According to the British Association for the Advancement of Science, childhood diseases decreased 90% between 1850 and 1940, paralleling improved sanitation and hygienic practices, well before mandatory vaccination programs. Infectious disease deaths in the U.S. and England declined steadily by an average of about 80% during this century (measles mortality declined over 97%) prior to vaccinations.  In Great Britain, the polio epidemics peaked in 1950, and had declined 82% by the time the vaccine was introduced in 1956. Thus, at best, vaccinations can be credited with only a small percentage of the overall decline in disease related deaths this century.
Yet even this small portion is questionable, as the rate of decline remained virtually the same after vaccines were introduced. Furthermore, European countries that refused immunization for small pox and polio saw the epidemics end along with those countries that mandated it. (In fact, both small pox and polio immunization campaigns were followed initially by significant disease incidence increases; during smallpox vaccination campaigns, other infectious diseases continued their declines in the absence of vaccines. In England and Wales, smallpox disease and vaccination rates eventually declined simultaneously over a period of several decades.)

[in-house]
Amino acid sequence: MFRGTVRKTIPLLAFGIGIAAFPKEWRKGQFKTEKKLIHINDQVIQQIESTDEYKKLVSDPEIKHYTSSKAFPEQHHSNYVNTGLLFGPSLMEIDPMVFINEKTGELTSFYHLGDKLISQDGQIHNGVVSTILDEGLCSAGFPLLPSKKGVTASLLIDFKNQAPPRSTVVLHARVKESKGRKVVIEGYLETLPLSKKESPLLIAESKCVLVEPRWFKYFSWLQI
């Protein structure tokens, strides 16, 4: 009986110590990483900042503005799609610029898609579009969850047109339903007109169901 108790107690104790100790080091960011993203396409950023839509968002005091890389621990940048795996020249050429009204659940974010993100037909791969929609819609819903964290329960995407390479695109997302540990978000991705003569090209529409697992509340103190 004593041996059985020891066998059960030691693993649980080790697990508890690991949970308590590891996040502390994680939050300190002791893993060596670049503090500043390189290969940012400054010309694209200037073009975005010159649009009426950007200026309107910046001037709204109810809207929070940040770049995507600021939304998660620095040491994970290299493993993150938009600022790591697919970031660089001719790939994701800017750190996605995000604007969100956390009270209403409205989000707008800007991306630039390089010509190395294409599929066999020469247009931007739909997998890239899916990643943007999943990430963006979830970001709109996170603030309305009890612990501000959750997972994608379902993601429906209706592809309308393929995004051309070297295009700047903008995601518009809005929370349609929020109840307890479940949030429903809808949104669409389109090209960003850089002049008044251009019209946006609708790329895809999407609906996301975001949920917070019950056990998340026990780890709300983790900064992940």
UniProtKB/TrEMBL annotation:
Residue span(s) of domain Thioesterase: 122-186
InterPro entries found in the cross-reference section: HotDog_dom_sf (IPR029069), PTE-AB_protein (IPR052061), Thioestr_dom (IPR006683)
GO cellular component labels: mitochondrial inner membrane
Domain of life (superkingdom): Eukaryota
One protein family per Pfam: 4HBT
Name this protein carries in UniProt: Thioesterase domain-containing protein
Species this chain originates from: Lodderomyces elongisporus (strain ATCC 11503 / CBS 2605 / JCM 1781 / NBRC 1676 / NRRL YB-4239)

It is thus impossible to say whether or not vaccinations contributed to the continuing decline in disease death rates, or if the same forces which brought about the initial declines- improved sanitation, hygiene, improvements in diet, natural disease cycles- were simply unaffected by the vaccination programs. Underscoring this conclusion was a recent World Health Organization report which found that the disease and mortality rates in third world countries have no direct correlation with immunization procedures or medical treatment, but are closely related to the standard of hygiene and diet.  Credit given to vaccinations for our current disease incidence has simply been grossly exaggerated, if not outright misplaced.
Supporters of vaccination point to incidence statistics rather than mortality as proof of vaccine effectiveness. However, statisticians tell us that mortality statistics can be a better measure of incidence than the incidence figures themselves, for the simple reason that the quality of reporting and record-keeping is much higher on fatalities. For instance, a recent survey in New York City revealed that only 3.2% of pediatricians were actually reporting measles cases to the health department. In 1974, the CDC determined that there were 36 cases of measles in Georgia, while the Georgia State Surveillance System reported 660 cases. In 1982, Maryland state health officials blamed a whooping cough epidemic on a television program, D.RT.
- Vaccine Roulette,' which warned of the dangers of DPT; however, when former top virologist for the U.S. Division of Biological Standards, Dr .1. Anthony Morris, analyzed the 41 cases, only 5 were confirmed and all had been vaccinated.  Such instances as these demonstrate the fallacy of incidence figures, yet those who support vaccination tend to rely on them indiscriminately.
Vaccination Truth 3: It is unclear what impact vaccines had on the infectious disease declines that occurred throughout this century.